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The Ethnic Conflict Research Digest


Managing Armed Conflicts in the 21st Century
Adekeye Adebajo and Chandra Lekha Sriram (eds.),

London, Frank Cass, 2001
230 pp. Hb.: 45.00 /$59.50; ISBN 0-7146-5094-3. Pb.: 17.50/ $24.50; ISBN 0-7146-8136-9

Contrary to the somewhat misleading title, this book focuses mainly on the 20th century in its examination of many of the important issues related to conflict management worldwide. The contributions from 16 predominately young scholars from Africa, Asia, Europe, the Middle East and North America are structured in four clusters with issues ranging from the role of natural resources in conflicts to the civil-military relations and the protection of civilians in conflict.

The broad spectrum of issues are further combined with a focus on actors from the international level (the UN and NATO) to regional organisations, private security companies and local warlords. The first cluster examines the paradox in the traditional distinction between war and peace with the co-operation often taking place in wars and the violence embodied in peace. The second one analyses the changing nature of the role played by the UN in peace operations, which has moved from peacekeeping to more active peace enforcement through the increase use of Chapter VII mandates. The third cluster is concerned with the growing importance and changing status of non-traditional actors in conflict and conflict management and the final cluster analyses the different problems of conflict management in Africa, Europe and Asia.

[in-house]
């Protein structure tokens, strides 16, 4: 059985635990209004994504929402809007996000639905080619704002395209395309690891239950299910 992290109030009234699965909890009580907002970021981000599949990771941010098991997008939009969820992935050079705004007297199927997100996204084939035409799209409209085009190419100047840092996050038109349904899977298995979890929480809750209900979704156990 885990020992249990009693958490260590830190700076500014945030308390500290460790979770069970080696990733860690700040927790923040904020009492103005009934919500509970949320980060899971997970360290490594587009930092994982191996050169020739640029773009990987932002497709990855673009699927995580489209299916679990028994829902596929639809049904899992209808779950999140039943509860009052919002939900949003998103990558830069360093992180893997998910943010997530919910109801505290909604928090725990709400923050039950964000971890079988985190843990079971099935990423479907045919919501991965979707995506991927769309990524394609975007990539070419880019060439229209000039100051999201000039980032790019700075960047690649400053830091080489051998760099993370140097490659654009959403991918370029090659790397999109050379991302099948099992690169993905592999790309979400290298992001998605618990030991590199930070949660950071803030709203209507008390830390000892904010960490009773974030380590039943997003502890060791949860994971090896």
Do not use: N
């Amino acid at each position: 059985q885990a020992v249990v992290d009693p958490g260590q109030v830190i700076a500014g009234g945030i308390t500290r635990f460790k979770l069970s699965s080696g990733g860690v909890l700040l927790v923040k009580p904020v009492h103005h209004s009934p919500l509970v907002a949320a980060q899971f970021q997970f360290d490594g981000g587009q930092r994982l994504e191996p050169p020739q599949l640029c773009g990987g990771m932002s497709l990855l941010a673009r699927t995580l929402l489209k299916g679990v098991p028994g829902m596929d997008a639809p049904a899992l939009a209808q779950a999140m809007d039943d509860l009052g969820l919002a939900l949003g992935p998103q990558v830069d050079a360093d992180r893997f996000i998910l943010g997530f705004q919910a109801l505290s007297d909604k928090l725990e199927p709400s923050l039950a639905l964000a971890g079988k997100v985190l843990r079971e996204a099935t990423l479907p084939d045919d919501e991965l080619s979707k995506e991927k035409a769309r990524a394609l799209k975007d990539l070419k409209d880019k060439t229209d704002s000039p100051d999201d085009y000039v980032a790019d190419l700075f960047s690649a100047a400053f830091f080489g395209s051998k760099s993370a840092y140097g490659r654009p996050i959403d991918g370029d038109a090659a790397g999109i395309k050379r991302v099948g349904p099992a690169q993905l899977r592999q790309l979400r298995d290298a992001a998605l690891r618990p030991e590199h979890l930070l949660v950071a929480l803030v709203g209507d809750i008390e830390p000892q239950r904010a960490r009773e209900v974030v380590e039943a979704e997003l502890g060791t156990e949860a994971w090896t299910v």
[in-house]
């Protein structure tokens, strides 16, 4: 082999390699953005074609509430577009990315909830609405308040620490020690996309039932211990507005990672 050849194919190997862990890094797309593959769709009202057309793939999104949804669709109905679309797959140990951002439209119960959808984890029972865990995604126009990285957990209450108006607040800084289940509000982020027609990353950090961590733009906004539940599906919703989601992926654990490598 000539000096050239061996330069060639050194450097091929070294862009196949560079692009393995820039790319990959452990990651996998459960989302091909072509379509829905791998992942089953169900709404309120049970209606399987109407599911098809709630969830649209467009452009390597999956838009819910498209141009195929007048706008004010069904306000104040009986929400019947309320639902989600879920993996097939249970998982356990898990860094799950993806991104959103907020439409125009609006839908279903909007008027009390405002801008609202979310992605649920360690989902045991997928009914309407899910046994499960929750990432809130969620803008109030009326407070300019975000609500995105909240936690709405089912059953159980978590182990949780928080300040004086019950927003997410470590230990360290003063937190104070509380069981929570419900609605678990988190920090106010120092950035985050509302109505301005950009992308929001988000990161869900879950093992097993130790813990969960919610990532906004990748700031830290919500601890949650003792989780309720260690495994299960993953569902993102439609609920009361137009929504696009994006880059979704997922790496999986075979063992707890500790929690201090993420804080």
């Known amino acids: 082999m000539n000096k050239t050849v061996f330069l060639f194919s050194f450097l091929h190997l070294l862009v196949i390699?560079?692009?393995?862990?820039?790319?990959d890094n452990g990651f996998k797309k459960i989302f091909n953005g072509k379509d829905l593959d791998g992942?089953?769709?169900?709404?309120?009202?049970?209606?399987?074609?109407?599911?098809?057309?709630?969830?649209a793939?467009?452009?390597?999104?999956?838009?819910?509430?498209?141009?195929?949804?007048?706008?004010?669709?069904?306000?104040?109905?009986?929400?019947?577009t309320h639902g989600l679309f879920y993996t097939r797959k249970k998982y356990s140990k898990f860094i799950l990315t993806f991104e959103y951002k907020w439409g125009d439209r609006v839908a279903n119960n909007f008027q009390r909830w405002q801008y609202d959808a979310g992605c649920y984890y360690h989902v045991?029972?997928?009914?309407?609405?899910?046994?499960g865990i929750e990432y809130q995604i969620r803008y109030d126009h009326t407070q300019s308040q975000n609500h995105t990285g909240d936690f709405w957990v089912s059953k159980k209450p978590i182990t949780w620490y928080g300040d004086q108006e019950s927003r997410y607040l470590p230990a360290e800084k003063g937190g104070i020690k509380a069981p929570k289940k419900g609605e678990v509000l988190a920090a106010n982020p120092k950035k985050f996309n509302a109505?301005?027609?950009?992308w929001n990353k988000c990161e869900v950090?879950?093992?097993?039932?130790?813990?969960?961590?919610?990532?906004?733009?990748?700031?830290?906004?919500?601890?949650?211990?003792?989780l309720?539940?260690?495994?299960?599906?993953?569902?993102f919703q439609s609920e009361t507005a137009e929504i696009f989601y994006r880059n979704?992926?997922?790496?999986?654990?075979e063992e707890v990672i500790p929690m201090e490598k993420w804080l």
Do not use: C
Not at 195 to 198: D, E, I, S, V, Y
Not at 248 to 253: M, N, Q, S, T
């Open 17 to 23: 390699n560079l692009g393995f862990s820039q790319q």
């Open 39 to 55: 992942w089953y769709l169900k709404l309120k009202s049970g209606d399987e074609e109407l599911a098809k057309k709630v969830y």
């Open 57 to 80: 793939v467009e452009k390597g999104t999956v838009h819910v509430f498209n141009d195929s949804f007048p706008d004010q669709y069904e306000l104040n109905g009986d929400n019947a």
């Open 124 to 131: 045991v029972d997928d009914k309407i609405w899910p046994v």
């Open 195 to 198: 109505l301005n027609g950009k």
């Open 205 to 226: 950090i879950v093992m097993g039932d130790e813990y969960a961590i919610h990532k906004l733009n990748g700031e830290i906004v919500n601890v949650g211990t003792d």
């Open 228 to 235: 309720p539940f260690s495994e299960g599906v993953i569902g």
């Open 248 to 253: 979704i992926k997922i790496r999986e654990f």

Most of the chapters are easy accessible and well written as they combine comparative case studies with theoretical claims and analysis of institutional processes and actors. Unfortunately, as many other edited books with a broad scope, the book as a whole suffers from a lack of cohesiveness. This lack could have been, at least partly, helped by a concluding chapter drawing on the findings of the different authors.

Although the issues dealt with in this book are likely to remain the main issues when managing armed conflicts in this new, 21st century, an increased focus on the future with suggestions for broader strategies or new approaches would also have added considerably to the book.

Notwithstanding, the eleven chapters in this book supply several lessons learned especially when it comes UN peacekeeping operations and most importantly, the book provides an broad overview of the important issues in conflict management from the perspective of young scholars world-wide. The book is, therefore, a valuable contribution to the field.

Malin Brenk

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